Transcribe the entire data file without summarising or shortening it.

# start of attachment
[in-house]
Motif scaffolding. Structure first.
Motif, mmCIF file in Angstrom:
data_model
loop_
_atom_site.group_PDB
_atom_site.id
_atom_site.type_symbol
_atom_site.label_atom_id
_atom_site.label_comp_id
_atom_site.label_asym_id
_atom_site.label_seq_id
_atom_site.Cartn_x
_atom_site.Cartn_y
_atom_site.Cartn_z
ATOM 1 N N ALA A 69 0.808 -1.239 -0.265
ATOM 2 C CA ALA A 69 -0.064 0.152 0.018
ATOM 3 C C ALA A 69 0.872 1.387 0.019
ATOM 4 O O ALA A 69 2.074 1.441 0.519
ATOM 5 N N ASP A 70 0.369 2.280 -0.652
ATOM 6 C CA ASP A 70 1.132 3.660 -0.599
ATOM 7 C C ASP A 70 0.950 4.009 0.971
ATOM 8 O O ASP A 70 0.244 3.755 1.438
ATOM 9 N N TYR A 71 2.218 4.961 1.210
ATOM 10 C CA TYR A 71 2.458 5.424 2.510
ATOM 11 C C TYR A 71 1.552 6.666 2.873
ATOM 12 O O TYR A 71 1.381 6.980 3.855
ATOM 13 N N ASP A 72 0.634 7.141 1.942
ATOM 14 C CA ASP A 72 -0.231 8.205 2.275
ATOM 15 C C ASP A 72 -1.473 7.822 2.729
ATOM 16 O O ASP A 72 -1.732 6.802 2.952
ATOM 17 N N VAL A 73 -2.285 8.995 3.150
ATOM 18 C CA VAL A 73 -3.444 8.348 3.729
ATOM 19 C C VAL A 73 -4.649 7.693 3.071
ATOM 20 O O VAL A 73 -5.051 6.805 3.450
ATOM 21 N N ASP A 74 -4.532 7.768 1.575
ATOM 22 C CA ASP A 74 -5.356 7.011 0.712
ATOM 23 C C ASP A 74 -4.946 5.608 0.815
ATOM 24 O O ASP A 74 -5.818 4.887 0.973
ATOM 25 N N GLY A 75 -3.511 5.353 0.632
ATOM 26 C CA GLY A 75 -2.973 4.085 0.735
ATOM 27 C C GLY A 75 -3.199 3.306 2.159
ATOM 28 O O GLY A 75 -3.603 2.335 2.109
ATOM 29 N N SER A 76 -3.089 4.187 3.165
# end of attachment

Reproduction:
[in-house]
Motif scaffolding. Structure first.
Motif, mmCIF file in Angstrom:
data_model
loop_
_atom_site.group_PDB
_atom_site.id
_atom_site.type_symbol
_atom_site.label_atom_id
_atom_site.label_comp_id
_atom_site.label_asym_id
_atom_site.label_seq_id
_atom_site.Cartn_x
_atom_site.Cartn_y
_atom_site.Cartn_z
ATOM 1 N N ALA A 69 0.808 -1.239 -0.265
ATOM 2 C CA ALA A 69 -0.064 0.152 0.018
ATOM 3 C C ALA A 69 0.872 1.387 0.019
ATOM 4 O O ALA A 69 2.074 1.441 0.519
ATOM 5 N N ASP A 70 0.369 2.280 -0.652
ATOM 6 C CA ASP A 70 1.132 3.660 -0.599
ATOM 7 C C ASP A 70 0.950 4.009 0.971
ATOM 8 O O ASP A 70 0.244 3.755 1.438
ATOM 9 N N TYR A 71 2.218 4.961 1.210
ATOM 10 C CA TYR A 71 2.458 5.424 2.510
ATOM 11 C C TYR A 71 1.552 6.666 2.873
ATOM 12 O O TYR A 71 1.381 6.980 3.855
ATOM 13 N N ASP A 72 0.634 7.141 1.942
ATOM 14 C CA ASP A 72 -0.231 8.205 2.275
ATOM 15 C C ASP A 72 -1.473 7.822 2.729
ATOM 16 O O ASP A 72 -1.732 6.802 2.952
ATOM 17 N N VAL A 73 -2.285 8.995 3.150
ATOM 18 C CA VAL A 73 -3.444 8.348 3.729
ATOM 19 C C VAL A 73 -4.649 7.693 3.071
ATOM 20 O O VAL A 73 -5.051 6.805 3.450
ATOM 21 N N ASP A 74 -4.532 7.768 1.575
ATOM 22 C CA ASP A 74 -5.356 7.011 0.712
ATOM 23 C C ASP A 74 -4.946 5.608 0.815
ATOM 24 O O ASP A 74 -5.818 4.887 0.973
ATOM 25 N N GLY A 75 -3.511 5.353 0.632
ATOM 26 C CA GLY A 75 -2.973 4.085 0.735
ATOM 27 C C GLY A 75 -3.199 3.306 2.159
ATOM 28 O O GLY A 75 -3.603 2.335 2.109
ATOM 29 N N SER A 76 -3.089 4.187 3.165